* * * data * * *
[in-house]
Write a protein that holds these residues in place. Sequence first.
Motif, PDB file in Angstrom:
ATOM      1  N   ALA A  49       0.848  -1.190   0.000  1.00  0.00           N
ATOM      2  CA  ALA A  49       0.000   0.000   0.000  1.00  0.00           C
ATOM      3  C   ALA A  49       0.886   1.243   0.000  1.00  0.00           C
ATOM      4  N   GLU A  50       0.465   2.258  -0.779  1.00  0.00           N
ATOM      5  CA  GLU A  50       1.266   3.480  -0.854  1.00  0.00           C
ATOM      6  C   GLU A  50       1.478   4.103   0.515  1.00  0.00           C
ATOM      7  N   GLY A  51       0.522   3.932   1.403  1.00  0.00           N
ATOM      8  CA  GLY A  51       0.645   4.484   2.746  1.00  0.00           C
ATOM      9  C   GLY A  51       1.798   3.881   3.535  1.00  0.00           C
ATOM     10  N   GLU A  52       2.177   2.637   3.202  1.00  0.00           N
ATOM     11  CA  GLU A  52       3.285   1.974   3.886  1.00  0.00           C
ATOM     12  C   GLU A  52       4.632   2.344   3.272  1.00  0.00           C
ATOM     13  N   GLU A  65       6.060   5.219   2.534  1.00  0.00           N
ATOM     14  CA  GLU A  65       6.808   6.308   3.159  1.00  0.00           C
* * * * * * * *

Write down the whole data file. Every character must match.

[in-house]
Write a protein that holds these residues in place. Sequence first.
Motif, PDB file in Angstrom:
ATOM      1  N   ALA A  49       0.848  -1.190   0.000  1.00  0.00           N
ATOM      2  CA  ALA A  49       0.000   0.000   0.000  1.00  0.00           C
ATOM      3  C   ALA A  49       0.886   1.243   0.000  1.00  0.00           C
ATOM      4  N   GLU A  50       0.465   2.258  -0.779  1.00  0.00           N
ATOM      5  CA  GLU A  50       1.266   3.480  -0.854  1.00  0.00           C
ATOM      6  C   GLU A  50       1.478   4.103   0.515  1.00  0.00           C
ATOM      7  N   GLY A  51       0.522   3.932   1.403  1.00  0.00           N
ATOM      8  CA  GLY A  51       0.645   4.484   2.746  1.00  0.00           C
ATOM      9  C   GLY A  51       1.798   3.881   3.535  1.00  0.00           C
ATOM     10  N   GLU A  52       2.177   2.637   3.202  1.00  0.00           N
ATOM     11  CA  GLU A  52       3.285   1.974   3.886  1.00  0.00           C
ATOM     12  C   GLU A  52       4.632   2.344   3.272  1.00  0.00           C
ATOM     13  N   GLU A  65       6.060   5.219   2.534  1.00  0.00           N
ATOM     14  CA  GLU A  65       6.808   6.308   3.159  1.00  0.00           C